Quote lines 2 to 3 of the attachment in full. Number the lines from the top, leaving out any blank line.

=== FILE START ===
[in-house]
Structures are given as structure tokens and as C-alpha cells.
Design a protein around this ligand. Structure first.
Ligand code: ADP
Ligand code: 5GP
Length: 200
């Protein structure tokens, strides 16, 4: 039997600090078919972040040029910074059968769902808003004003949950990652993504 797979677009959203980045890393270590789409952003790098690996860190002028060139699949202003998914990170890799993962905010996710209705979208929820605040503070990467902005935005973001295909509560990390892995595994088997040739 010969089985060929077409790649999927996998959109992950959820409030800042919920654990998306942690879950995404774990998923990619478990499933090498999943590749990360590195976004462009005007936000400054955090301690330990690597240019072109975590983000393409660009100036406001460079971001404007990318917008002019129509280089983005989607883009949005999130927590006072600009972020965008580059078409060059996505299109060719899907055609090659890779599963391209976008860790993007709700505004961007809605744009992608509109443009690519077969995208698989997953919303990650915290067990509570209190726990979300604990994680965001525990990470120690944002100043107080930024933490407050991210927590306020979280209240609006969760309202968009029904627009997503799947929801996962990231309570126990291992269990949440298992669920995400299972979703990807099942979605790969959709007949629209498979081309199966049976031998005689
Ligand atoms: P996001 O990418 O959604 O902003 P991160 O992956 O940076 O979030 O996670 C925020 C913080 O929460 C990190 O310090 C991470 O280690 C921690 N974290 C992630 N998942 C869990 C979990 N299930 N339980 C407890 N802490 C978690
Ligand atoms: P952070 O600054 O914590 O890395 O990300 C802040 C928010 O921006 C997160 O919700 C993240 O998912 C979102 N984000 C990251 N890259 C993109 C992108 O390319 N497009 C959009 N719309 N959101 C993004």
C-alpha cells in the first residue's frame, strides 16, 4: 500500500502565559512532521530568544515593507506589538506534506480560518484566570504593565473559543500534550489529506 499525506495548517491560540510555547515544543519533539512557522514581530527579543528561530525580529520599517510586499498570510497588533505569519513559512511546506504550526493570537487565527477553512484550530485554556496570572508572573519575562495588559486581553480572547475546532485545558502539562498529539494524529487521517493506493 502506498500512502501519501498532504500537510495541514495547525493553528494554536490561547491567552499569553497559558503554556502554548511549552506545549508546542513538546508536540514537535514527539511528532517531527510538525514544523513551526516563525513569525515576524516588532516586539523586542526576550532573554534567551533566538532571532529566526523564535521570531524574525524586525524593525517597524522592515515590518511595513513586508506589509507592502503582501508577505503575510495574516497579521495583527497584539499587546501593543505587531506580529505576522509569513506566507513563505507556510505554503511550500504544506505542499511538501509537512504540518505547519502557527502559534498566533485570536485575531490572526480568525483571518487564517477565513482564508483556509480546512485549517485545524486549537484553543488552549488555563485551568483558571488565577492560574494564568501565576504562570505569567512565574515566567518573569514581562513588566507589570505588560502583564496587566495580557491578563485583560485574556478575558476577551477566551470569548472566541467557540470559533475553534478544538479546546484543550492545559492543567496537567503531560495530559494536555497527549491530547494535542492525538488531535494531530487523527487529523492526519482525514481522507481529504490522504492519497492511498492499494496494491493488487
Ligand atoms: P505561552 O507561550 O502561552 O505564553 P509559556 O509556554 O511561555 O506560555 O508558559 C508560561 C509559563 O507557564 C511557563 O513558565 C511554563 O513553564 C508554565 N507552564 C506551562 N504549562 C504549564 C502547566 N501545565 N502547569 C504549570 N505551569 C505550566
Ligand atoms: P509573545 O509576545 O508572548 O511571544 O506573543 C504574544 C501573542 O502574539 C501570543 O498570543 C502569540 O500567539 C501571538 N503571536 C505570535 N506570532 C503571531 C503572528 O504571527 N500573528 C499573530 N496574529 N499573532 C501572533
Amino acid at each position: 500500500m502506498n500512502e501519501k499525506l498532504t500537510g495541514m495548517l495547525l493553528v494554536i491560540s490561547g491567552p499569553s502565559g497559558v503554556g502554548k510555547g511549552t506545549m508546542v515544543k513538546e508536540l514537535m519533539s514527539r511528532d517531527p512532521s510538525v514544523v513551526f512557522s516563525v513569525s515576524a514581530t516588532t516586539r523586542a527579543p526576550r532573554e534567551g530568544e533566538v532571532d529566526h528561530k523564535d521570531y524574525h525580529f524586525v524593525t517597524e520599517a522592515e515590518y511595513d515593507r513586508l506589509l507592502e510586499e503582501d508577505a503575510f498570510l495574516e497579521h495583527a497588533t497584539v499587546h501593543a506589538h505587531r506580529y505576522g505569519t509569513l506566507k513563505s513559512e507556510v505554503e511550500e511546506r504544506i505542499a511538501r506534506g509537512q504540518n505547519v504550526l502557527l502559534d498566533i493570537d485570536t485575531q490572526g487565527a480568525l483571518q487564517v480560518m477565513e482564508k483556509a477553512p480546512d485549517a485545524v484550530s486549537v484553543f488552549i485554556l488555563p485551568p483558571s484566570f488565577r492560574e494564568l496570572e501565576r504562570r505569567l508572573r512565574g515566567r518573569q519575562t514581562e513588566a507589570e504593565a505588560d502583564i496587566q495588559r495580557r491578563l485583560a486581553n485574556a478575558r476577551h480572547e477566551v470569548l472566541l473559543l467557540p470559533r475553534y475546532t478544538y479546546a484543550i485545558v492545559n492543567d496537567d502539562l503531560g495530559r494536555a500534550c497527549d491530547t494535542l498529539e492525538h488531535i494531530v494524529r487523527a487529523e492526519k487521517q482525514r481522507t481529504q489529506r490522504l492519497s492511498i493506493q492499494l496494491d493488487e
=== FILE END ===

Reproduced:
Structures are given as structure tokens and as C-alpha cells.
Design a protein around this ligand. Structure first.